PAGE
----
But can a portal connect two points directly?

All that said, yes, I think an open planar portal or gateway can potentially be described as making two places connect directly, but it does not have to. The DMG describes that some portals exist as a misty passageway from one plane to another (i.e. not zero distance long), and some portals are a location that shifts between planes so there's no measurable distance between the places; you get in the elevator in one plane and get out in another.

Still, some portals can be a simple doorway from here to *there, and the most obvious example of this is a gate spell, which specifically opens a circular hole that "links an unoccupied space you can see within range to a precise location on a different plane of existence". That certainly sounds like you've made a zero-length connection between locations in two planes, but it's really vague enough that the DM may rule that it doesn't work that way.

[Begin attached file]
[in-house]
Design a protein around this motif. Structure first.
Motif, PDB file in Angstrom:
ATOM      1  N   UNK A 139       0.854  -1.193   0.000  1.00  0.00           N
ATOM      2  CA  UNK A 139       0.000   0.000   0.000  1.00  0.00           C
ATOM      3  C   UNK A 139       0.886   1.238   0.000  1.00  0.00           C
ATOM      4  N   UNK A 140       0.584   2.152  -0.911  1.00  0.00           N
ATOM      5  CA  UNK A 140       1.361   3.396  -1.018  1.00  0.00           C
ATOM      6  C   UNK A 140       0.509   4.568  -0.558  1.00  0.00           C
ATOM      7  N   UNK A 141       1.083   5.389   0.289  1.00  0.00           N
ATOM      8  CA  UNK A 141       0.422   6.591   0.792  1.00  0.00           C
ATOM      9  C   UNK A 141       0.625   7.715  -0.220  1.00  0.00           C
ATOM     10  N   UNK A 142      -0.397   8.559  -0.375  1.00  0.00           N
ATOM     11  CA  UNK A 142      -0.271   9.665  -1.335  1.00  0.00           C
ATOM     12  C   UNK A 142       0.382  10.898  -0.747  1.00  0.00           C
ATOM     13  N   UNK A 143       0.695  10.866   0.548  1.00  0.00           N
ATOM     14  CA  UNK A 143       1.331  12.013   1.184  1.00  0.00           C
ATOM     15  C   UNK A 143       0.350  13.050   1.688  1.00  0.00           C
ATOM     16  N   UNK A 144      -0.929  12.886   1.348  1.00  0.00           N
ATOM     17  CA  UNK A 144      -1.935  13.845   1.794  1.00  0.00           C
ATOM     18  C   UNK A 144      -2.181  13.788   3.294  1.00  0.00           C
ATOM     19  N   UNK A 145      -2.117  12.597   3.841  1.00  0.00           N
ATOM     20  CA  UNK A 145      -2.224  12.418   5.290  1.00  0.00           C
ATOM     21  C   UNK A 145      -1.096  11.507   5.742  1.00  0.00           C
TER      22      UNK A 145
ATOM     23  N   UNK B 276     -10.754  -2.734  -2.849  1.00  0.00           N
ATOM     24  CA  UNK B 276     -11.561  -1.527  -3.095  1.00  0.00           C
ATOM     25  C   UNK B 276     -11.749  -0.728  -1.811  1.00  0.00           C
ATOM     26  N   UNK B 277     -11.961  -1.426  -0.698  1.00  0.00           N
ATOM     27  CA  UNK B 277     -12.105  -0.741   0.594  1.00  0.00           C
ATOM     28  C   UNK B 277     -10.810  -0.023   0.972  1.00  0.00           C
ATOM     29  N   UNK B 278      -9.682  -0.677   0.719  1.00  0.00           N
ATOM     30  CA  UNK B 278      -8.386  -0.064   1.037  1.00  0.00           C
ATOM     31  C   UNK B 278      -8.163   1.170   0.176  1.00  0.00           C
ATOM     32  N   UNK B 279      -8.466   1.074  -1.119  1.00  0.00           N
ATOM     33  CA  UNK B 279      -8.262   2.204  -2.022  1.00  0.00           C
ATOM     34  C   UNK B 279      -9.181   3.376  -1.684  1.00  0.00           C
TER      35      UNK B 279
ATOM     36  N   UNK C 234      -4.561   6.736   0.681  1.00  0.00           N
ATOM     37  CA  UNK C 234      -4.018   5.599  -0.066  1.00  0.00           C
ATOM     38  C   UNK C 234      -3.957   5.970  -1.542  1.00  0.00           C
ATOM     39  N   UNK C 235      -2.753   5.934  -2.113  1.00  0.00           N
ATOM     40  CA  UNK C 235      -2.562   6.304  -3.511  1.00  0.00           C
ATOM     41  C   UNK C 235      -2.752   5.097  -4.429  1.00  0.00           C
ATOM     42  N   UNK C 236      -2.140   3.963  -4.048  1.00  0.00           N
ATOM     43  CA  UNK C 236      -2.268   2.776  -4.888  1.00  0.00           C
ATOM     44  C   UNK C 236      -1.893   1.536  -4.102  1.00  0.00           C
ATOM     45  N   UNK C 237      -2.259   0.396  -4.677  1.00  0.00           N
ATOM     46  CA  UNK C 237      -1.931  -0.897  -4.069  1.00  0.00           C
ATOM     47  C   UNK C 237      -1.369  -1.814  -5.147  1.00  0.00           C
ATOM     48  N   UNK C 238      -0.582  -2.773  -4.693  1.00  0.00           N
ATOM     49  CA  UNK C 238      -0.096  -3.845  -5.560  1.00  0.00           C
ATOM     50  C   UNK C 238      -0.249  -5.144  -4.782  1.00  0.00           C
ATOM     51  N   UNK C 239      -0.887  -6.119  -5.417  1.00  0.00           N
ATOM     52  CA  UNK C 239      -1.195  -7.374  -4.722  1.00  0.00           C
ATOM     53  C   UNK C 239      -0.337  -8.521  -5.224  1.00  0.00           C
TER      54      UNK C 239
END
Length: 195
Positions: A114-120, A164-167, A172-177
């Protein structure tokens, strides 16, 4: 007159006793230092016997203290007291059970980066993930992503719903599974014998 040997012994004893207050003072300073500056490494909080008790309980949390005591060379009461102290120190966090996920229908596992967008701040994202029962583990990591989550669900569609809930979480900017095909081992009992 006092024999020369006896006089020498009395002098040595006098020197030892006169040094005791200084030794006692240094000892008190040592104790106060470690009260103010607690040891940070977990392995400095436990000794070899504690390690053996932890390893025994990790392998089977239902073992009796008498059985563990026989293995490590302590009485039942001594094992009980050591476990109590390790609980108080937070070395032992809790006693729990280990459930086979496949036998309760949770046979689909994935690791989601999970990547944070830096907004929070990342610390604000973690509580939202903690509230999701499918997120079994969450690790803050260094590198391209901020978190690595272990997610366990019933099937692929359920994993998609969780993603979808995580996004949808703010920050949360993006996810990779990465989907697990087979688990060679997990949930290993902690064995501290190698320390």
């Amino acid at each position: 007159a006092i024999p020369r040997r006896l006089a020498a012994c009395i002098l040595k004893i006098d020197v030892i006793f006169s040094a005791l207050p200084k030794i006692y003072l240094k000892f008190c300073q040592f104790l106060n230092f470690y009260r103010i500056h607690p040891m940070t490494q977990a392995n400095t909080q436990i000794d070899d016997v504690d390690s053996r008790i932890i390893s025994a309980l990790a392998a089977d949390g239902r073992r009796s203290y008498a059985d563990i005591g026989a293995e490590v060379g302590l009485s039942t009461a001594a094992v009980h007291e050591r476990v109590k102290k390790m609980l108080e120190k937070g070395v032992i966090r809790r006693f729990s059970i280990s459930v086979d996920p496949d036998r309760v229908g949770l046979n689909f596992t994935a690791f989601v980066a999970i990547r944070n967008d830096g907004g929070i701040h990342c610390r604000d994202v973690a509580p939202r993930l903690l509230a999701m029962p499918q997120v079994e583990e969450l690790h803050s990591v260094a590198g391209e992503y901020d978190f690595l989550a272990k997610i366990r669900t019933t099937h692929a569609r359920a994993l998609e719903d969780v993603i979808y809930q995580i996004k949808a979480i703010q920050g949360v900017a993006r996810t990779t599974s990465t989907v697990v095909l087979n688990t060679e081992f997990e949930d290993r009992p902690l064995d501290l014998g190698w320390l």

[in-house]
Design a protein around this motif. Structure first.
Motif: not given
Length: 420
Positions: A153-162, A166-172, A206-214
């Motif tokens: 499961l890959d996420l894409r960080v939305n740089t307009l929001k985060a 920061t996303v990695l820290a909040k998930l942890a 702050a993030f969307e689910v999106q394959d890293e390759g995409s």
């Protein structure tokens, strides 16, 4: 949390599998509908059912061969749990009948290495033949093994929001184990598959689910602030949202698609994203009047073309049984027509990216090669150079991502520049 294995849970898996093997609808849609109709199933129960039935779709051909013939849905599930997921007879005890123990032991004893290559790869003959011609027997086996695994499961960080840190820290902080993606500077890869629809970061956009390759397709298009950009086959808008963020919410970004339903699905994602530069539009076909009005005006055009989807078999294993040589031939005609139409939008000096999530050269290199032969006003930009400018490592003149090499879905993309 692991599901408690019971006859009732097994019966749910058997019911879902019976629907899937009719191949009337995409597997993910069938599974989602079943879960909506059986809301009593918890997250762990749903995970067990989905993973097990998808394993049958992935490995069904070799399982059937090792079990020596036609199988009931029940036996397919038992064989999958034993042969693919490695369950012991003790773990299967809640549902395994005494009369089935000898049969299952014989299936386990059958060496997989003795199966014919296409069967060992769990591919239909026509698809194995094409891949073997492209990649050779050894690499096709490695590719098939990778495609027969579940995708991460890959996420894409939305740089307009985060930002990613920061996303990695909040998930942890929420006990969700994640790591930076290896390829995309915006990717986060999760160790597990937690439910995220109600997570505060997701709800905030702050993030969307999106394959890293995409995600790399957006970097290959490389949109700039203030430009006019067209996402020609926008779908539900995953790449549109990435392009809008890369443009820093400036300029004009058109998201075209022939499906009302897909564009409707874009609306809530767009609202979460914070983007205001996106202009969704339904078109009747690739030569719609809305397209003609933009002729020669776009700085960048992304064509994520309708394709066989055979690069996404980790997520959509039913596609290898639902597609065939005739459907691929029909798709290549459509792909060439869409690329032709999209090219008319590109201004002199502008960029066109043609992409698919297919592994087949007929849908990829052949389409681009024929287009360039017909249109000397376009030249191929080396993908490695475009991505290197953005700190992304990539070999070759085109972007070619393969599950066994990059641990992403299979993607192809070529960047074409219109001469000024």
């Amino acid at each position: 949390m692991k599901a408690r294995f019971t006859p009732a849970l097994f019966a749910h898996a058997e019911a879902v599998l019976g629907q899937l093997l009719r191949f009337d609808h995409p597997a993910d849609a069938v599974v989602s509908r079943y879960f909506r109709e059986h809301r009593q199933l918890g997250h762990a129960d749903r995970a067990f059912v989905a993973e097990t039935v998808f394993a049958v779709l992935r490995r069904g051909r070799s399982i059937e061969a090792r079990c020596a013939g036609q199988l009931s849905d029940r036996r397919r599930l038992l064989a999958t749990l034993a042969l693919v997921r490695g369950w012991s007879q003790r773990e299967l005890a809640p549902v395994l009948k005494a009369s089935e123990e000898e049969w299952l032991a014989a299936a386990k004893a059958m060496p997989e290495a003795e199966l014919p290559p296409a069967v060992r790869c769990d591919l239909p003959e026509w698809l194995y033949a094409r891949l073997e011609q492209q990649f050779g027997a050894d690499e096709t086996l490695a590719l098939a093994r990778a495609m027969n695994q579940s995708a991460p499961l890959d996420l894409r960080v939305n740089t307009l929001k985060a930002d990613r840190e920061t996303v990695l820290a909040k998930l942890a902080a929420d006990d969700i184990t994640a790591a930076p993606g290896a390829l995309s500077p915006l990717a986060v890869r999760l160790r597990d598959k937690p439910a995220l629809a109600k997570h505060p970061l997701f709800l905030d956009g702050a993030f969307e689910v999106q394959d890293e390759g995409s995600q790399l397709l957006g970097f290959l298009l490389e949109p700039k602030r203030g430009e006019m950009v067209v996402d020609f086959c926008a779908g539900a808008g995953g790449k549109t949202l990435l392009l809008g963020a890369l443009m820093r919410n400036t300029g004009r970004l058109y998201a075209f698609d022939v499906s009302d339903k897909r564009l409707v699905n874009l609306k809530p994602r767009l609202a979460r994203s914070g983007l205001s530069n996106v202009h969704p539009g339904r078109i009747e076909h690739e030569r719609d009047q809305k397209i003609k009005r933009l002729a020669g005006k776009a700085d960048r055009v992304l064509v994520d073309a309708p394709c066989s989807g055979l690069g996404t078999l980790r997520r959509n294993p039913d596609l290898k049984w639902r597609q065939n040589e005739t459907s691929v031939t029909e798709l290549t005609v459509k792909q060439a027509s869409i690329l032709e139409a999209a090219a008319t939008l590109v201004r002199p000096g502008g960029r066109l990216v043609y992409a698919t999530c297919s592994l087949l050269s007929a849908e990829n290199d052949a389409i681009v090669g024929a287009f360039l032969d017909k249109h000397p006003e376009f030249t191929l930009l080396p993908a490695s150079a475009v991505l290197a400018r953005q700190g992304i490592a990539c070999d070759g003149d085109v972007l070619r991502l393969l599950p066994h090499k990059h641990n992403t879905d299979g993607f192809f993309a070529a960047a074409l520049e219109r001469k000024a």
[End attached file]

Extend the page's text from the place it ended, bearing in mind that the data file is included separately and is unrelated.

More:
All it says is "Anything that [moves through the gate] is instantly transported to the other plane, appearing in the unoccupied space nearest to the portal." That does not necessarily mean the portal is a clear and open hole from one place to the other. It doesn't say there is a clear line of sight from one to the other, for example. Your DM might decide that a gate is more like a Stargate, full of a shimmering light, and transit through it is a psychedelic lightshow that lasts a few perceptual seconds while no time passes in the outside world. They might decide that the gate spits you out in a semi-random position relative to the exit gate, regardless of where you were relative to the entry gate, and trying to measure distance from one to the other still results in impossible answers (i.e. all your distance-limited spells and effects fail at the boundary).